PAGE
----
- Many D&I programs start with a presumption that the problem exists at every level of the organization. Everyone is the problem equally. In reality, any issues are almost always at the top and trickle down. I saw one message on the subject that said, “You have to challenge the thinking that women and minorities don’t have a lot to offer.” The word, “challenge” is interesting because in reality, it is challenging those in authority. As one colleague put it, “Why are they putting me through all of this training? I don’t hire anyone nor am I likely to. The problem is with all of the people at the top not hiring diverse talent.” Organizations that claim to get a lift from D&I programs, almost always have a leadership level that has adopted the principles of inclusiveness.
- Diversity is a slippery slope. What constitutes diversity? Is it categorizing people or is it diversity of thinking? Defining this is critical yet most D&I programs try and dodge hard and fast definitions. Diversity of thought is probably more important than any other aspect of D&I, but it is often glossed over.
- There is a political undercurrent in some D&I efforts. The Chief Equity and Inclusion Officer person at Kellogg Community College in my hometown of Battle Creek recently attended a protest over the visit of Donald Trump to the city. He carried a sign that boldly said, well you can see for yourself:
Now while you can go out in your private life and do what you want to do, it seems pretty clear that in this case the person they have leading their D&I efforts is not open to other ways of thinking – a diversity of thought. It is a case of someone not living the ideals they are responsible for leading. While you may claim this is an isolated case, I have several folks I know who have photos I have seen circulated in knitted vagina hats screaming at protest marches on the weekends, while at work they are “leading” diversity efforts. While I don’t want to dive too deep into political debate, there seems to be an underlying agenda at play here that cannot be ignored. Bottom line: If you are going to tell people to act a certain way, you need to demonstrate those behaviors both at work and in your personal life and be open to frank and candid conversations that challenge your beliefs.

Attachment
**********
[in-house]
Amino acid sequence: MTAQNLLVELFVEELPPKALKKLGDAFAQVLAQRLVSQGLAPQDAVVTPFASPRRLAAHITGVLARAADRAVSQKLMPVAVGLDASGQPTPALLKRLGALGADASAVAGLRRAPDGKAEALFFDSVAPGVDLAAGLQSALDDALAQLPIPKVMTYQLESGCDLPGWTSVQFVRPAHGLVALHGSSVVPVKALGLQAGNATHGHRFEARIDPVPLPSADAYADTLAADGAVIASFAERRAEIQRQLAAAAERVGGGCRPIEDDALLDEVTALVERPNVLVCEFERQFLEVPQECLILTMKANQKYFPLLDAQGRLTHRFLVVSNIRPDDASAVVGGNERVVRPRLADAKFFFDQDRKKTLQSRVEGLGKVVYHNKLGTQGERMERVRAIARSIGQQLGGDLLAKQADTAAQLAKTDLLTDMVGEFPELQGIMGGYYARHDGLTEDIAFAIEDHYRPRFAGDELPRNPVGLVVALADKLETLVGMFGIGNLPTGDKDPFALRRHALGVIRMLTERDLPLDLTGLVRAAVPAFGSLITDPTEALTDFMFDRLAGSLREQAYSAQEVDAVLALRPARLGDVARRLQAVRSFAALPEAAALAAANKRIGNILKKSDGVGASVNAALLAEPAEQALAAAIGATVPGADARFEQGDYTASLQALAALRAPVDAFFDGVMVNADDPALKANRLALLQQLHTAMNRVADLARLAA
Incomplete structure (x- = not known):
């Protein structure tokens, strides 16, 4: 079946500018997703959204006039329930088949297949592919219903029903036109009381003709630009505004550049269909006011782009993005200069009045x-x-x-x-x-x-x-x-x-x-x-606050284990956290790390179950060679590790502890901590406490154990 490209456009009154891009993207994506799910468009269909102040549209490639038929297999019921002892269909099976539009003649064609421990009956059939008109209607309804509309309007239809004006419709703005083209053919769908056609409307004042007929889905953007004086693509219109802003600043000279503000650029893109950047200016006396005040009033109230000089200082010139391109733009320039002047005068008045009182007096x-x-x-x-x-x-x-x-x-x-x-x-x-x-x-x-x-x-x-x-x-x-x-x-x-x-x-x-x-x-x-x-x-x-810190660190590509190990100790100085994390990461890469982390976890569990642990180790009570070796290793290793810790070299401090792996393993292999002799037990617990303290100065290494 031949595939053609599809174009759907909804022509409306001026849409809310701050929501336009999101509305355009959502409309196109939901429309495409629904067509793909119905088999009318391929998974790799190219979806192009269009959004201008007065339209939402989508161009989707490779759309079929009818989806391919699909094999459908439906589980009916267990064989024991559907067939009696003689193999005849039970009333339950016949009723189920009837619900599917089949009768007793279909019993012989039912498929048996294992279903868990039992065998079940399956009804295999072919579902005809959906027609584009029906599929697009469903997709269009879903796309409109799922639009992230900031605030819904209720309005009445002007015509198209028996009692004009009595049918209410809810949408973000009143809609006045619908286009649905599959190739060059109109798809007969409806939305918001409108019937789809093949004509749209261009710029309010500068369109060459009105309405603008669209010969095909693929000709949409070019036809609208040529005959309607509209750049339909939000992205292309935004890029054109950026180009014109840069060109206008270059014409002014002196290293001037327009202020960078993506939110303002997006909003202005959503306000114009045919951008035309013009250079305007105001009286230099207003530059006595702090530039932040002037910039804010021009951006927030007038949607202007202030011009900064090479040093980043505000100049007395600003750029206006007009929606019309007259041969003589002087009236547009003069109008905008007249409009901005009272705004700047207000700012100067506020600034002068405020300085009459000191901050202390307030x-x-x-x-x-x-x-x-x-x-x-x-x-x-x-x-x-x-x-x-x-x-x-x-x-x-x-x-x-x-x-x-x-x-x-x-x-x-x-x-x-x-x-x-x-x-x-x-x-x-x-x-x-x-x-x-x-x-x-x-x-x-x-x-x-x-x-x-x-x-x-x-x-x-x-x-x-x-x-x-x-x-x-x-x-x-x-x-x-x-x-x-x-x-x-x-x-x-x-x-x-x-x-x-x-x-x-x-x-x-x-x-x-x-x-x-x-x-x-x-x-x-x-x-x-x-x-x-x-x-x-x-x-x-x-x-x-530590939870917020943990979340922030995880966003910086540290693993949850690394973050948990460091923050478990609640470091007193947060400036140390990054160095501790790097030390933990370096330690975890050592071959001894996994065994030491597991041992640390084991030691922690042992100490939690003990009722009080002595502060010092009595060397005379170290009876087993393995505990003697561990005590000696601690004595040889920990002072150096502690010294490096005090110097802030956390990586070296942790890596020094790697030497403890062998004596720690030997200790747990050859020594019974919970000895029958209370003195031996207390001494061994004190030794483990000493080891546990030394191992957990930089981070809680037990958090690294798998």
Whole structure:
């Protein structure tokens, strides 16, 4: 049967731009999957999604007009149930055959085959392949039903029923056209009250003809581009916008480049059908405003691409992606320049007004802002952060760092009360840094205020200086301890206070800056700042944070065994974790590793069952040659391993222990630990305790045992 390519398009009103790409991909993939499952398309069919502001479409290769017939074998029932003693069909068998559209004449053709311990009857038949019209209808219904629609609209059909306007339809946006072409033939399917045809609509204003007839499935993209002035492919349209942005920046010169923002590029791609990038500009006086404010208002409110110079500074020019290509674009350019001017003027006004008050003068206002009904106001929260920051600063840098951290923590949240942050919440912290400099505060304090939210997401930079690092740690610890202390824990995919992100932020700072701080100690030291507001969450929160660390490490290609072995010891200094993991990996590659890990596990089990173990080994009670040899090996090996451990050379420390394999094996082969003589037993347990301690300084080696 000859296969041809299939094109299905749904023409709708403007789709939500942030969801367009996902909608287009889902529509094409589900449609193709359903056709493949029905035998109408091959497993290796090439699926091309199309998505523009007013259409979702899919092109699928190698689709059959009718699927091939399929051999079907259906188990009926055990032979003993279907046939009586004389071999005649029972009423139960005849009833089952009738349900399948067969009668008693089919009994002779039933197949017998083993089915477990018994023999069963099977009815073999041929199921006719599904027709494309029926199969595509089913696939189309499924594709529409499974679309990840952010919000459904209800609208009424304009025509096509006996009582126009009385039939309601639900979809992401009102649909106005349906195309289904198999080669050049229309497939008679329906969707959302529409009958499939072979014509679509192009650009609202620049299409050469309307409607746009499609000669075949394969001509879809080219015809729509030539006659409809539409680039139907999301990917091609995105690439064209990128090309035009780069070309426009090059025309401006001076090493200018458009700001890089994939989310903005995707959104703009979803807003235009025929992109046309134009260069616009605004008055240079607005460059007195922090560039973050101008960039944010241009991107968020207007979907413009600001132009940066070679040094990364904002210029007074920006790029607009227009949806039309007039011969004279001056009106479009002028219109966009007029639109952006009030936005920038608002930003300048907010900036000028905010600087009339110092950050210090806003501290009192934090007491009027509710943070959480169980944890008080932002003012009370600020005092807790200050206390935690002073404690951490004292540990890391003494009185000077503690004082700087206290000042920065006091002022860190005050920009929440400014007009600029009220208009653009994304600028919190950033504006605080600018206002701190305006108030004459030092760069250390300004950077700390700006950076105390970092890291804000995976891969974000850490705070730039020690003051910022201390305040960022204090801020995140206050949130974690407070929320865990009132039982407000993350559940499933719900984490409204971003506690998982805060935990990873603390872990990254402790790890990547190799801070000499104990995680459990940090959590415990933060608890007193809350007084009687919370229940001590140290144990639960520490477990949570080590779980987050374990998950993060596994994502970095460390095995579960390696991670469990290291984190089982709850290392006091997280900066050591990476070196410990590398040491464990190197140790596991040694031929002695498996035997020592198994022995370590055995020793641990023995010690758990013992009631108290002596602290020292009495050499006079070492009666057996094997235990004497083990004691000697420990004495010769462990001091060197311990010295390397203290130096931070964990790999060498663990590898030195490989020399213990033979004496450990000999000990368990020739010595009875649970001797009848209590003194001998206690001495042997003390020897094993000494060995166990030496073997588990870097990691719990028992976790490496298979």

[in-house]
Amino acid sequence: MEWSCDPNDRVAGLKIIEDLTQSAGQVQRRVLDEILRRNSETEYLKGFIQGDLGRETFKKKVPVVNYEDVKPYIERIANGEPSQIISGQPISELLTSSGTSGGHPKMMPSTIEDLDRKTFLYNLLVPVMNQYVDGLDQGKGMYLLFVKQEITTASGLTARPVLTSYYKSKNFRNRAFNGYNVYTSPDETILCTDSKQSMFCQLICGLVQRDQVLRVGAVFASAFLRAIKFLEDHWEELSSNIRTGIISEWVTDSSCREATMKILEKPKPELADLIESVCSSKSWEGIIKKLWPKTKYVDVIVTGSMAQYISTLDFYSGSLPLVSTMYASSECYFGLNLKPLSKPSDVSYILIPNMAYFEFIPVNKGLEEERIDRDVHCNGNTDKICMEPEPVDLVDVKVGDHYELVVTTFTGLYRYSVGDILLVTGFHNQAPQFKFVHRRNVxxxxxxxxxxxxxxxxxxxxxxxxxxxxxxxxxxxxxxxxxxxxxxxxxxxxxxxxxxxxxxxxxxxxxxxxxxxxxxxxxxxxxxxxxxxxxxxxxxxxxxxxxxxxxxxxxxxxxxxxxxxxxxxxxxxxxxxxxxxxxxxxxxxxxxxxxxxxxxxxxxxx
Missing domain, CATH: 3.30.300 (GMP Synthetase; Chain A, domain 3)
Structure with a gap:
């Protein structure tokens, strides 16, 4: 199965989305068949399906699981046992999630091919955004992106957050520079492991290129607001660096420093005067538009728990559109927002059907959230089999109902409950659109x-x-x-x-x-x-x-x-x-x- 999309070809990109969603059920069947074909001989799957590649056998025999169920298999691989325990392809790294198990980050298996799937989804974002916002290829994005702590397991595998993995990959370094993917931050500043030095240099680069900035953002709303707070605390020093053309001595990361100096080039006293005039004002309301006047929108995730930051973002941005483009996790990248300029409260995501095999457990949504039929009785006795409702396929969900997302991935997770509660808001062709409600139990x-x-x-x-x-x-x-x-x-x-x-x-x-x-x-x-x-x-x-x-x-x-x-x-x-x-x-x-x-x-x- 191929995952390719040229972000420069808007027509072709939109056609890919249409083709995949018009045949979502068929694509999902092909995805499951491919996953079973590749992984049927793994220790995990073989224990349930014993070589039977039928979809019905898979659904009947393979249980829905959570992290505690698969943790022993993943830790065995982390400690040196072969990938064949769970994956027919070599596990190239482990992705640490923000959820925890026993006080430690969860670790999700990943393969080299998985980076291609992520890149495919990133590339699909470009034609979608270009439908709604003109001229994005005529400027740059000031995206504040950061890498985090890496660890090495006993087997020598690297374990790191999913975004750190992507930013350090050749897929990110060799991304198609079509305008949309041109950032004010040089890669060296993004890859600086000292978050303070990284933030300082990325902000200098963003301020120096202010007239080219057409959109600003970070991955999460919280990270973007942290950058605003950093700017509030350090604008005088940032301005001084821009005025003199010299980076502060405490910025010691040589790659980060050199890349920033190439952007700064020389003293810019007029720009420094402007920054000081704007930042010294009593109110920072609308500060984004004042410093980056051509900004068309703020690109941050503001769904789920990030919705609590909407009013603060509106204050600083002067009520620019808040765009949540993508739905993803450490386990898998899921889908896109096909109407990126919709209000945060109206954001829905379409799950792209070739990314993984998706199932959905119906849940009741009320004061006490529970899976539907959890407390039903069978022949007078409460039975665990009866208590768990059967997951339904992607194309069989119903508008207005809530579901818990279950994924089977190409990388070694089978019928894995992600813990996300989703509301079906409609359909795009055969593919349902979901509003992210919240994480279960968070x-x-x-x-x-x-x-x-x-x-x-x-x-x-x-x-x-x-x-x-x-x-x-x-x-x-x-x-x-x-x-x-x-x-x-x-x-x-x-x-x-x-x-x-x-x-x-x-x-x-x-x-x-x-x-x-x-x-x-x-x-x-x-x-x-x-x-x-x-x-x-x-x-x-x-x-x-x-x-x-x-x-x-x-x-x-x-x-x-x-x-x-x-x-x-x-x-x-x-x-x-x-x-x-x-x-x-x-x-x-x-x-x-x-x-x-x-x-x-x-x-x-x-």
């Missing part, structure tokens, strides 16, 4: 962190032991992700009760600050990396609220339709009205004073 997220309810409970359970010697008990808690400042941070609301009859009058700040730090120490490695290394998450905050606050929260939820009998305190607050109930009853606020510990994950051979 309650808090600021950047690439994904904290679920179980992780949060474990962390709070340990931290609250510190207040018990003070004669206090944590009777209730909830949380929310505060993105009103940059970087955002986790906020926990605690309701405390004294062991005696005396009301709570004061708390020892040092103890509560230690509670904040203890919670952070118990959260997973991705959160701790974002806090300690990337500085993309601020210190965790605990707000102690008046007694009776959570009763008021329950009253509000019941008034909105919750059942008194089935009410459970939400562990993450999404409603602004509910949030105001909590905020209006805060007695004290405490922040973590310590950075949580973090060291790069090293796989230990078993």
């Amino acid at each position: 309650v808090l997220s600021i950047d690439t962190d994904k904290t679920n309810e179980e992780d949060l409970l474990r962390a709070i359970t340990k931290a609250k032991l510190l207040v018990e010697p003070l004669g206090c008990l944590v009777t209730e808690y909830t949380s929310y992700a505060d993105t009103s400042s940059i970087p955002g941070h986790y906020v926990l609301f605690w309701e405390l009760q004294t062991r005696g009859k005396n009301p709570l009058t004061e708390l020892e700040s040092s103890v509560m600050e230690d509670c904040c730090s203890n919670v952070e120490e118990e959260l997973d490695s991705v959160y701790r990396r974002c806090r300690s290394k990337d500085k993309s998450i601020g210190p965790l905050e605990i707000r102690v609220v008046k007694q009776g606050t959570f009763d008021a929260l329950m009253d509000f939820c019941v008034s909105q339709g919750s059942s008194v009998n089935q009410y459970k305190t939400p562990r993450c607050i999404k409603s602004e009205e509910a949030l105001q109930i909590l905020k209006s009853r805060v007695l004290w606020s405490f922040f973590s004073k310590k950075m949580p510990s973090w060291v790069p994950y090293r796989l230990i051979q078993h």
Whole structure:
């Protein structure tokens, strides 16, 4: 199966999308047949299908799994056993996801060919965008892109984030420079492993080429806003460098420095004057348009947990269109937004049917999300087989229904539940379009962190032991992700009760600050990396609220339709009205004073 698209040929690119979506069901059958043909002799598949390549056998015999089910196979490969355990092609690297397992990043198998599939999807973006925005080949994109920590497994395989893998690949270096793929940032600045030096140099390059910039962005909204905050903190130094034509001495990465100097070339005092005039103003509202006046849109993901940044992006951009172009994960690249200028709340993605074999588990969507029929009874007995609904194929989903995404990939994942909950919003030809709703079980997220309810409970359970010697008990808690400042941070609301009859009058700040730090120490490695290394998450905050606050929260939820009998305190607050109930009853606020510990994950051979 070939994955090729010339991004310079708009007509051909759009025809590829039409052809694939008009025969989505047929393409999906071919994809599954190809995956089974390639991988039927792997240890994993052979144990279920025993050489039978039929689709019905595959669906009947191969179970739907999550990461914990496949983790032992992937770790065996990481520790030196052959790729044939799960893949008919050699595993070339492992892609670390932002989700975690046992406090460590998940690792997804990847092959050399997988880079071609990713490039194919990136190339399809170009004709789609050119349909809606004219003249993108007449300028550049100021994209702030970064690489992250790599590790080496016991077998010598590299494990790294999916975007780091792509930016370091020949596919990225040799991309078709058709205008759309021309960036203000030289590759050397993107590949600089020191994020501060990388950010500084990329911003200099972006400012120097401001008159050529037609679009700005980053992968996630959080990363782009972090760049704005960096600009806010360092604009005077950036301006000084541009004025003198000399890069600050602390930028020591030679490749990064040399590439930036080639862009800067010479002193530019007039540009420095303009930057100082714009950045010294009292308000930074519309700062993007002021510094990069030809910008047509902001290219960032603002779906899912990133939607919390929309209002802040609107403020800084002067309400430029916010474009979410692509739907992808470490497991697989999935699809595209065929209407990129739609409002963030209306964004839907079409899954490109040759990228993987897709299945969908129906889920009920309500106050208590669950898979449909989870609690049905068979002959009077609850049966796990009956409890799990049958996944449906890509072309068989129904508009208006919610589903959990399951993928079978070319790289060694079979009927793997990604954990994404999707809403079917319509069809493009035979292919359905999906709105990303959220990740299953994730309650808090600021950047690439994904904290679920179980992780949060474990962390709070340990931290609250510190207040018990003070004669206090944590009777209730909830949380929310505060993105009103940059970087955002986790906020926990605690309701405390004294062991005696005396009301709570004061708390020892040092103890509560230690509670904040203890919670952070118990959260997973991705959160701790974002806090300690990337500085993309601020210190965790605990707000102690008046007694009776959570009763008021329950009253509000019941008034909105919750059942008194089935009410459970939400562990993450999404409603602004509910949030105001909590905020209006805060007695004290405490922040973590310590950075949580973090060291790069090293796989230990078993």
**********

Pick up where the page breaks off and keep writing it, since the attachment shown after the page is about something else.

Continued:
- I touched on this earlier, but it deserves its own bullet. Much of our belief and values comes from our upbringing, our families, our parents, what we are exposed to as children, etc. To expect the workplace to solve a potential problem that may have its roots in family expectations and morals is crazy. Some families might only encourage certain career paths, or lifestyle choices. Religion plays a part in people’s lives too and may be deeply instilled. If you want to get to the source of potential D&I issues, you have to look outside of the workplace.
In some cases D&I programs can conflict with regional and country values. I watched one leader in my former organization do a D&I talk in India, telling the employees they needed to act differently towards women at work. It was awkward and weird and actually put the females in an uncomfortable position – having to choose a corporate program over their culture. It is cute to think that your organization has the clout to change a national or religious culture, but that’s all it is – cute.
- Just having a D&I program can actually diminish the achievements of individual that the programs claim to be supporting. When someone is promoted, it begs the question, “Was this person promoted because of their being in a diverse group? They just promoted her because she was female and they wanted to improve their numbers.” Perhaps that person DID deserve the promotion, but thanks to the D&I program being in place, few may believe that. Organizations should promote people based on their performance, with no bias. But having a program in place makes people wonder, was the D&I program a factor in this person getting their new position?